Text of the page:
(2016) (Nate Parker, Armie Hammer) (R)
- QUICK TAKE:
- Drama: After witnessing continued abuse of others like him, an educated slave plots to mount an insurrection against those who are suppressing and mistreating them.
- It's 1809 in Southampton County, Virginia and Nat Turner (TONY ESPINOSA) is a young slave boy who suddenly finds himself without a father when that man goes on the run after a violent encounter with slave tracker Raymond Cobb (JACKIE EARLE HALEY) and several other men. That leaves Nat's mother, Nancy (AUNJANUE ELLIS), and grandmother to raise him, but his life takes an unexpected turn when the plantation owner's wife, Elizabeth (PENELOPE ANN MILLER), learns that young Nat can read. She then takes it upon herself to educate the boy and thus has him move into the main house. But when her husband dies, it's decided Nat should return to being a field hand.
Years later, Nat (NATE PARKER) is just that, as well as the personal slave to Elizabeth's son, Samuel Turner (ARMIE HAMMER), who gives Nat a little more leeway than most other slave owners, what with them having grown up as childhood playmates. It's from that relationship that Nat convinces Samuel to buy Cherry (AJA NAOMI KING) at a slave auction to work for Samuel's wife in their home. But things aren't going great on the Turner farm and thus Samuel decides to take up Rev. Walthall (MARK BOONE JR.) on an offer he suggests.
Knowing that Nat has become an unofficial preacher for the slaves on their farm, and keenly aware of unrest among slaves elsewhere, the reverend proposes to pay Samuel in exchange for each time Nat travels to local farms and preach the gospel of obedience to other slaves. Being a religious man, Nat is initially okay with that, but as he witnesses the inhuman treatment of those men, women and children elsewhere, his patience and stomach for continuing with that begin to wane. And when Cobb and other men brutally attack Cherry -- who's now Nat's wife and mother to his child -- the educated slave can't take it anymore and thus begins to plot an insurrection to get even with the slave owners and other white people complicit with that institution.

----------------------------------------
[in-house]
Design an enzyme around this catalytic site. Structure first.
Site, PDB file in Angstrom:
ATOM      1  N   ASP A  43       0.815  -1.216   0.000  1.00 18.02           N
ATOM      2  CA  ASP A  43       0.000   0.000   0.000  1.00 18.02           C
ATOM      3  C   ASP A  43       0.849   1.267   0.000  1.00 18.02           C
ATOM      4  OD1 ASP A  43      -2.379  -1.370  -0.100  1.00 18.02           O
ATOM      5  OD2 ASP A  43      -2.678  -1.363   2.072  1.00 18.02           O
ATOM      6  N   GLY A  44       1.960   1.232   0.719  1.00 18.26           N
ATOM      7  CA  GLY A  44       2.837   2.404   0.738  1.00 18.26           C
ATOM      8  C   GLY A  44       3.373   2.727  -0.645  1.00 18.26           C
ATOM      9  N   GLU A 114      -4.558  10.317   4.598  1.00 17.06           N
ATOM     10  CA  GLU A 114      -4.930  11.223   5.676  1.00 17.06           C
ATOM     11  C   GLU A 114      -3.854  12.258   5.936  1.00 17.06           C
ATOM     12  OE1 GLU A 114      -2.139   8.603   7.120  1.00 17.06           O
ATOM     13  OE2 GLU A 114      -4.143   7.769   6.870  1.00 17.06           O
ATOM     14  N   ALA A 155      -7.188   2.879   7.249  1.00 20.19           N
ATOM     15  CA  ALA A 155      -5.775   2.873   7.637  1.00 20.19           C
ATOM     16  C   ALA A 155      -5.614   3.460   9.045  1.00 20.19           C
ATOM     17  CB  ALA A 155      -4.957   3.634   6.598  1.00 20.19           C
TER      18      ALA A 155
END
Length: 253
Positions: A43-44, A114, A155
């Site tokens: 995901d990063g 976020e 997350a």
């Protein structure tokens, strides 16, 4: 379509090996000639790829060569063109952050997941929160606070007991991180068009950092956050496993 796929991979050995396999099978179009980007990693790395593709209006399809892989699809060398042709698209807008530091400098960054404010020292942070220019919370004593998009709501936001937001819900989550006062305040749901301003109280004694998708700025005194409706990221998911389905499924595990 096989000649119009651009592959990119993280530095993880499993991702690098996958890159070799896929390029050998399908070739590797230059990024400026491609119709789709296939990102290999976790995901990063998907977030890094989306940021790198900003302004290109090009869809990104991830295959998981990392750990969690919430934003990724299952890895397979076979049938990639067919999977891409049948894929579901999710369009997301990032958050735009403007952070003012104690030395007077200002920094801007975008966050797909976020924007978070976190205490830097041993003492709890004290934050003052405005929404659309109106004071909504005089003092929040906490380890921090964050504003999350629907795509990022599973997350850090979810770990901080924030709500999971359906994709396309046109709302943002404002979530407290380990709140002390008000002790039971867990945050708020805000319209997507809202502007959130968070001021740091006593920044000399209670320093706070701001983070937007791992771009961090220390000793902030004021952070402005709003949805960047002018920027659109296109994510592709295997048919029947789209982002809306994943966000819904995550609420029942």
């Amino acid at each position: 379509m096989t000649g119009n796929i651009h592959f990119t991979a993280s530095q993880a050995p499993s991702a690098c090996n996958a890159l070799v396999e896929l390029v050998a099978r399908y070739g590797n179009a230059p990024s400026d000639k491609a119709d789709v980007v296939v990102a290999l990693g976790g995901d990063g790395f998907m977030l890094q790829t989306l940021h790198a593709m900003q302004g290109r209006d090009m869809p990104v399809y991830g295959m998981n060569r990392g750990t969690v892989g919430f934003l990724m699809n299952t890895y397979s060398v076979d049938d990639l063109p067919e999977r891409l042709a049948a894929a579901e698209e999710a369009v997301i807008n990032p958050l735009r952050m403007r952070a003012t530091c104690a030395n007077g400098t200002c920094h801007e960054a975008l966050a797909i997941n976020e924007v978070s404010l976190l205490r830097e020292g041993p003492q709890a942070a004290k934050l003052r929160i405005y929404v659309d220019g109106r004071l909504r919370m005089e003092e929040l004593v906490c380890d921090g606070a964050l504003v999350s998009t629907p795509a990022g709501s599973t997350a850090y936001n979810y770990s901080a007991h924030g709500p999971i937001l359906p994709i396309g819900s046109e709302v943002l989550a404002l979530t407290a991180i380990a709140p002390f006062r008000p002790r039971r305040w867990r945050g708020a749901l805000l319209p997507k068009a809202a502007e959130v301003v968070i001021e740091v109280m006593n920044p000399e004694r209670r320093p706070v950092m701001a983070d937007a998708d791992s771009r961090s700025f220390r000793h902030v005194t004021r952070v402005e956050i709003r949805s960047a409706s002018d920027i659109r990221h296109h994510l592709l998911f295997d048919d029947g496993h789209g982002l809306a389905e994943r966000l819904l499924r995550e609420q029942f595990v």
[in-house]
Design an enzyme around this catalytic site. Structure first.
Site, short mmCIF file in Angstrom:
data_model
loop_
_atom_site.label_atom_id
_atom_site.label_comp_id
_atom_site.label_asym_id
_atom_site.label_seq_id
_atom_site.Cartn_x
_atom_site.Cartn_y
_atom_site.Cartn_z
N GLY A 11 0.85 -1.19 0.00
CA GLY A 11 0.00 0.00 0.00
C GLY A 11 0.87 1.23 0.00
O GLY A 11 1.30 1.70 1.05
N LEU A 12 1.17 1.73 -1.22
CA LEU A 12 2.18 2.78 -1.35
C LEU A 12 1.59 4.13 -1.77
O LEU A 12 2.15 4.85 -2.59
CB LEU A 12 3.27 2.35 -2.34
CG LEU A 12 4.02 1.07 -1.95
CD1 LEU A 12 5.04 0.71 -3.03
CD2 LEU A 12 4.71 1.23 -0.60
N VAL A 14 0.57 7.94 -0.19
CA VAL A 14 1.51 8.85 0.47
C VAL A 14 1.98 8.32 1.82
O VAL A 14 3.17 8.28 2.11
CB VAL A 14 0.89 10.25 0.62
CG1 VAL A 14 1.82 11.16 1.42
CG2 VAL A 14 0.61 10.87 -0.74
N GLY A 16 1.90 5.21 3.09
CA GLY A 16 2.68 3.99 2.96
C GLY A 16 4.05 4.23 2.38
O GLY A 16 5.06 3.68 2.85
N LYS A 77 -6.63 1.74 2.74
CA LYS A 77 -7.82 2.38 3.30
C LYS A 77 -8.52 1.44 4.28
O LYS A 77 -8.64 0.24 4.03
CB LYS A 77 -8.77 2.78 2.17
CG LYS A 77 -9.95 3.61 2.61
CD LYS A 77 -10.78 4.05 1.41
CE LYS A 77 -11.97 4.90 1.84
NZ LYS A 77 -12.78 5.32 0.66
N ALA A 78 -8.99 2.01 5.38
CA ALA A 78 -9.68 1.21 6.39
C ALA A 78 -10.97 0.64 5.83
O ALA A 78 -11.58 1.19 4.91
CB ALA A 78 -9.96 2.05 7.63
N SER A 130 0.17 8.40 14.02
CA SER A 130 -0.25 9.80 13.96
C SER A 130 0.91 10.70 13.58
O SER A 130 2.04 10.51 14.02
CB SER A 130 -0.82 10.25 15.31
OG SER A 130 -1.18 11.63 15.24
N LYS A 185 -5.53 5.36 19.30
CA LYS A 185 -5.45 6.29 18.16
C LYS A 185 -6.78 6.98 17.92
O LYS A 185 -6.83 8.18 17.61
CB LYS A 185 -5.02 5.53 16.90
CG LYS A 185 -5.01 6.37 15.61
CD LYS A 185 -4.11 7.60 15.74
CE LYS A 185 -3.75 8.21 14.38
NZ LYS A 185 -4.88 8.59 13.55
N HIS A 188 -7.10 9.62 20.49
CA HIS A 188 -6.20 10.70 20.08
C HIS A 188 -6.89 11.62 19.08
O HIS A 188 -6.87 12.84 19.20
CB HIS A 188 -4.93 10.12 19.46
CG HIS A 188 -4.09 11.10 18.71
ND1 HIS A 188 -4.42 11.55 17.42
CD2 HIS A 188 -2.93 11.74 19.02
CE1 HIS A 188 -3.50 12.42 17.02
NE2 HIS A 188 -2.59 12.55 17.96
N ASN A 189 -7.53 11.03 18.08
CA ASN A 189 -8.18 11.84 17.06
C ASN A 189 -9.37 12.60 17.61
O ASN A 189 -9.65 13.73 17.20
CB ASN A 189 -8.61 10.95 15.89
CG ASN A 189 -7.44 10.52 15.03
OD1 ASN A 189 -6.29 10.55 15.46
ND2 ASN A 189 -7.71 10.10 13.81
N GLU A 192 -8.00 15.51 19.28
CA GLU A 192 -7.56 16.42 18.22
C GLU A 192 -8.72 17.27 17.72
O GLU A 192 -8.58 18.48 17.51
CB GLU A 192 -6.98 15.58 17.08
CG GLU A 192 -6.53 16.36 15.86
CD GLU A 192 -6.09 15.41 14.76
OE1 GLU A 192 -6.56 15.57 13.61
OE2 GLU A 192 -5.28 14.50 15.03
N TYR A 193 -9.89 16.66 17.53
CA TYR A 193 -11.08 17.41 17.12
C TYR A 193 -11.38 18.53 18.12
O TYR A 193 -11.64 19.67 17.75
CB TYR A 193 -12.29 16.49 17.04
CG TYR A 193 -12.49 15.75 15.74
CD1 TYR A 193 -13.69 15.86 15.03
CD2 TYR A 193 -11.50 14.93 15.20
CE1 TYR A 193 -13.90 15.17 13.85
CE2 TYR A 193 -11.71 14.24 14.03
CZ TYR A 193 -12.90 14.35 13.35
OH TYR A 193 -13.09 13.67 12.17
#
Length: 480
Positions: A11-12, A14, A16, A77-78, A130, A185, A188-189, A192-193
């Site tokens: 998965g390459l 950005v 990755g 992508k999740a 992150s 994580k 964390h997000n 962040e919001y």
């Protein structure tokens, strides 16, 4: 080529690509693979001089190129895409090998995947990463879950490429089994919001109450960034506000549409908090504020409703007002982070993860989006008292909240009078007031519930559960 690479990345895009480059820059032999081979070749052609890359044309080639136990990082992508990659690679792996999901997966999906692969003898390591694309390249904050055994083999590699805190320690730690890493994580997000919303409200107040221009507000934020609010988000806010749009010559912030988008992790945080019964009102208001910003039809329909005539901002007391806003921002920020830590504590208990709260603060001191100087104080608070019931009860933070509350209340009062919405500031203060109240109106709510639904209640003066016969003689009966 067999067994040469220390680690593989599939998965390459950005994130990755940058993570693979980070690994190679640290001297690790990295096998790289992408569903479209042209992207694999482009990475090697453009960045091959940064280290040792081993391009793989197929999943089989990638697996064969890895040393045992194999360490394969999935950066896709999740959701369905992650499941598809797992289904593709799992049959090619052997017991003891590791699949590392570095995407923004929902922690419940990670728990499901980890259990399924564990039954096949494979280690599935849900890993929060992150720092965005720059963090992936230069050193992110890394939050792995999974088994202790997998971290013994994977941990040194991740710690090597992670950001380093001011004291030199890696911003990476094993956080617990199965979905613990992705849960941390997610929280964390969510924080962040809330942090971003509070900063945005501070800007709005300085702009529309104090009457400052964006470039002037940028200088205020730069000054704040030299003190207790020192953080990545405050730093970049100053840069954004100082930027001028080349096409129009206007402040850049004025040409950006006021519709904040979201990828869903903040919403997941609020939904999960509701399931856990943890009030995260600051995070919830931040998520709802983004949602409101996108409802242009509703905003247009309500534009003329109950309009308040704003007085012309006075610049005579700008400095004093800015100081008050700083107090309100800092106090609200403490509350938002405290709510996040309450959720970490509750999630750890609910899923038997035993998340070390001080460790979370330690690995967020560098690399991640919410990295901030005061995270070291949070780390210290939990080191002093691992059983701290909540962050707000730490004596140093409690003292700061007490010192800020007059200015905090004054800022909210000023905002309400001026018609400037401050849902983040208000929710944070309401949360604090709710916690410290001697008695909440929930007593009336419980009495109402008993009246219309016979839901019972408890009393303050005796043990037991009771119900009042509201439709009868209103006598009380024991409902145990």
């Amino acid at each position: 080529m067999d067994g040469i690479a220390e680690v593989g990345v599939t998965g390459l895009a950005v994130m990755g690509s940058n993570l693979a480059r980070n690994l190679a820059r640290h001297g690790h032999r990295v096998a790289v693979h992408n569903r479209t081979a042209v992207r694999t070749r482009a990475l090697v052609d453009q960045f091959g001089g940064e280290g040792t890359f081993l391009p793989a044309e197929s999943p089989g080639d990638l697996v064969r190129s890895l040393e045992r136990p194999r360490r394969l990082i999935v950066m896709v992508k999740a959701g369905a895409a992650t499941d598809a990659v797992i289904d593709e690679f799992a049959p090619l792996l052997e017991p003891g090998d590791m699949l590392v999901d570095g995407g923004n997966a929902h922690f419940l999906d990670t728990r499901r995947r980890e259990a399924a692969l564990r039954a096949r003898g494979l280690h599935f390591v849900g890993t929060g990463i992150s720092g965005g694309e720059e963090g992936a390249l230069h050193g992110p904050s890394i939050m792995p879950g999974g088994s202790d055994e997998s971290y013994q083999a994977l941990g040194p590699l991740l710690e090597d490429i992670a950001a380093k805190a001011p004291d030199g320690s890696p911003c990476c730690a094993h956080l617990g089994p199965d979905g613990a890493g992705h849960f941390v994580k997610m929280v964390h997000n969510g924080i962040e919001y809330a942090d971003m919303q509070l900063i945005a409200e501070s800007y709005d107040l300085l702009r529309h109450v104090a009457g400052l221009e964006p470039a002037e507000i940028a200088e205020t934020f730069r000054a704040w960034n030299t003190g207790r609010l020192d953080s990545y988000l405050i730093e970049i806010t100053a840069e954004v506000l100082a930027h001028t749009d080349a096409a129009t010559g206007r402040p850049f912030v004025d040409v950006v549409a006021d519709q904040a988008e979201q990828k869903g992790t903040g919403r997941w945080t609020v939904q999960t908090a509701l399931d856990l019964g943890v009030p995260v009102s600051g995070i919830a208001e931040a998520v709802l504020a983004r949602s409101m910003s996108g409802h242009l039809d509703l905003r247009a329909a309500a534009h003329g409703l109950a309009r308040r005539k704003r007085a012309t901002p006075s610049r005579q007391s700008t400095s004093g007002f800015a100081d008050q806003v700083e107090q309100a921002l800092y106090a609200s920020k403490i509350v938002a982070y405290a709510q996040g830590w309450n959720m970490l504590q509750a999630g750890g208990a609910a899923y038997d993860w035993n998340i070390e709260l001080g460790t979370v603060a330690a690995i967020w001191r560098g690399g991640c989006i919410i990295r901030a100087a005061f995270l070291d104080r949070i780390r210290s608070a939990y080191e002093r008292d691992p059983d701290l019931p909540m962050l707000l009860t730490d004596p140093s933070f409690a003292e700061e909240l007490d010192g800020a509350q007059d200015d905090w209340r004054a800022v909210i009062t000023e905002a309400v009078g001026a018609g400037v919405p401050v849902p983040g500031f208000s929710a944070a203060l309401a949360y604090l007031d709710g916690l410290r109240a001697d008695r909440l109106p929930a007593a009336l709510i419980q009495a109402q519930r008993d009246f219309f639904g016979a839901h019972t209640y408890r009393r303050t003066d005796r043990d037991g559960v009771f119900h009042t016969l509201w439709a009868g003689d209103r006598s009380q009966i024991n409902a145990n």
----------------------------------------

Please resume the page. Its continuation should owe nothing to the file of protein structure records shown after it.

- OUR TAKE: 6 out of 10
- There's a moment in the second half of Nate Parker's slavery drama "The Birth of a Nation" where a character decries the deadly violence dealt against people of color. It's meant to show the frustration of what the central characters and others of their ethnicity are facing based both on the industry of slavery and the color of their skin. And it's meant as yet another catalyst for what would become Nat Turner's bloody 1831 rebellion against slave owners and those who supported that institution.
And at that point, many African-American attendees at our preview screening shouted out in agreement not necessarily in relation to the historical context of what they were watching, but more so in how it relates to the current Black Lives Matter movement. I can certainly understand and appreciate the connection between the two and how, as a country, we've come a long way in terms of race relations but still face unsettling problems.
What I couldn't understand and certainly didn't like was that some in that same crowd didn't otherwise give the film respect in terms of its historical significance in their lives, or the writer/director's attempts to refashion cinematic history in terms of this film's particular title.